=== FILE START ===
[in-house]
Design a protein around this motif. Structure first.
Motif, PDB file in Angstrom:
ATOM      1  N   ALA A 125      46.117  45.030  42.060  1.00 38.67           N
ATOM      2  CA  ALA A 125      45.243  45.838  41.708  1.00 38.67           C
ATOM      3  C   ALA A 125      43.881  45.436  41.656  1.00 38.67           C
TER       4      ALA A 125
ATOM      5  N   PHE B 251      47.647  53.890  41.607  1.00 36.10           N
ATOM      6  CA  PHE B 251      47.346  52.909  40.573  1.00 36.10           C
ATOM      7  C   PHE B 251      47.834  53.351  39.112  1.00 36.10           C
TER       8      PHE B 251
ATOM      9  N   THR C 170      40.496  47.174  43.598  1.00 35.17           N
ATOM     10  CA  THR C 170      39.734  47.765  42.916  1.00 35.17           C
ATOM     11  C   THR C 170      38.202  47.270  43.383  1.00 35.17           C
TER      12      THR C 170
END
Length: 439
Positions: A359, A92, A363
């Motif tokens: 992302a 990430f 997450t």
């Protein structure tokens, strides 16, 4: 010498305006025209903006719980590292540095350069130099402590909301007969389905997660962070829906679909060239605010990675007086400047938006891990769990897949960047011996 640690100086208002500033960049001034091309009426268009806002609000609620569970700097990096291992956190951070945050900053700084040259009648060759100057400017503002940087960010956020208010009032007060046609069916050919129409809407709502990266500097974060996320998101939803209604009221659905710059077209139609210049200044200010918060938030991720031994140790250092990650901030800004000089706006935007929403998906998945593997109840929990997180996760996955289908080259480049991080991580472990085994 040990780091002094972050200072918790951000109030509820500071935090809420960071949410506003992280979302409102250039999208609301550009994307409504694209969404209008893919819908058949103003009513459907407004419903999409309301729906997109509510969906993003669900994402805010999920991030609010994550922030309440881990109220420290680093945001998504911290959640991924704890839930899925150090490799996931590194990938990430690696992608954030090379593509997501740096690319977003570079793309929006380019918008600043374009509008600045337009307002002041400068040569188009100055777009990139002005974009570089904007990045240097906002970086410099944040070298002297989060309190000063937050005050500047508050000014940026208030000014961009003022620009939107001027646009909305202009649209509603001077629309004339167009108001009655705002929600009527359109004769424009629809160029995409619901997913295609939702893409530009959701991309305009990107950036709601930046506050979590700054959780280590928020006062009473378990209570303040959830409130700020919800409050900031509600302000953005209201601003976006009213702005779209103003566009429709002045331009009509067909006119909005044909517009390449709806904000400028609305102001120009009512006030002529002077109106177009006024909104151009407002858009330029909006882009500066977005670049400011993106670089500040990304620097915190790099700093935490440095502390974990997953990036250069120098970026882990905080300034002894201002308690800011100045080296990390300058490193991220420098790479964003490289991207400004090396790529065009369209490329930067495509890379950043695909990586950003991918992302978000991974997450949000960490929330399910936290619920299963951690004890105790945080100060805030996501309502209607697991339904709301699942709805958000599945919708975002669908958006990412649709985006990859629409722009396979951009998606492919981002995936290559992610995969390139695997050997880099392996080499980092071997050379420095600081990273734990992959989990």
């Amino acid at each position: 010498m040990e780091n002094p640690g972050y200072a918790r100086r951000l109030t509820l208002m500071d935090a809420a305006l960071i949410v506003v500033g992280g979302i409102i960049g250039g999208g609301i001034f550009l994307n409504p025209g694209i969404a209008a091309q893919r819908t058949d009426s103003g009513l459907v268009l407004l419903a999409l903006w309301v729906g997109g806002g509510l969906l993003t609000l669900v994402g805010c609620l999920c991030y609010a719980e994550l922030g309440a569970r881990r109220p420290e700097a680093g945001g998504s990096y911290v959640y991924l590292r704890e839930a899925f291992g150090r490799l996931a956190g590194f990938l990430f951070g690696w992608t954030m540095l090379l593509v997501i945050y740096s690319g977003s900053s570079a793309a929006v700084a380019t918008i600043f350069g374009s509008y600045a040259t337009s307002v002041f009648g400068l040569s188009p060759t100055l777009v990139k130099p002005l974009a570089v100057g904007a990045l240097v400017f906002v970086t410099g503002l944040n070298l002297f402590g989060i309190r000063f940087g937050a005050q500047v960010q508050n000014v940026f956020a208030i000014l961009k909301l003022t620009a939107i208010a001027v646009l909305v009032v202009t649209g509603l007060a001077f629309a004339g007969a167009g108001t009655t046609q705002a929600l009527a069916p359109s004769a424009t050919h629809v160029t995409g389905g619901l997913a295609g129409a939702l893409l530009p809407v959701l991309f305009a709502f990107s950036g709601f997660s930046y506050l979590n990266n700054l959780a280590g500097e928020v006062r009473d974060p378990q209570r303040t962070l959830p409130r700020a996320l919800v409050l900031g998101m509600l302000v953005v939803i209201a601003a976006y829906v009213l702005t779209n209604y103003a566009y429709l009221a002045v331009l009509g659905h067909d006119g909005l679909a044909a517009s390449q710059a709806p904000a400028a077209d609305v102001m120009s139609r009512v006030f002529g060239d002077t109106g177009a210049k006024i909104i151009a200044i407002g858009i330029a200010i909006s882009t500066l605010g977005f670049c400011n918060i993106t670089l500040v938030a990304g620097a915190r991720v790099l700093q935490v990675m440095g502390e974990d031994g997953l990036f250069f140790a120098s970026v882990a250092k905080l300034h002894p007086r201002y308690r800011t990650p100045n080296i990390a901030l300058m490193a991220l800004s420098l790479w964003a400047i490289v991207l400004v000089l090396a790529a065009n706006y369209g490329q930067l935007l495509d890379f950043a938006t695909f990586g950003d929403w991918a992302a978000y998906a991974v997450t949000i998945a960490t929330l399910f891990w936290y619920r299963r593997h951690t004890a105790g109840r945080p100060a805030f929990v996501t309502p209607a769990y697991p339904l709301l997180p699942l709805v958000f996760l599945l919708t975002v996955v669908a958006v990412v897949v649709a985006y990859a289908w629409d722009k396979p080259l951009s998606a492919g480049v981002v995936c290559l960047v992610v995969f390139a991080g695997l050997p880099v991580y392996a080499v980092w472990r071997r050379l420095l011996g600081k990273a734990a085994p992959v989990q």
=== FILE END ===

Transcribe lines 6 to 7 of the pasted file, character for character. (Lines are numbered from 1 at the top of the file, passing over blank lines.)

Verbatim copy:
ATOM      3  C   ALA A 125      43.881  45.436  41.656  1.00 38.67           C
TER       4      ALA A 125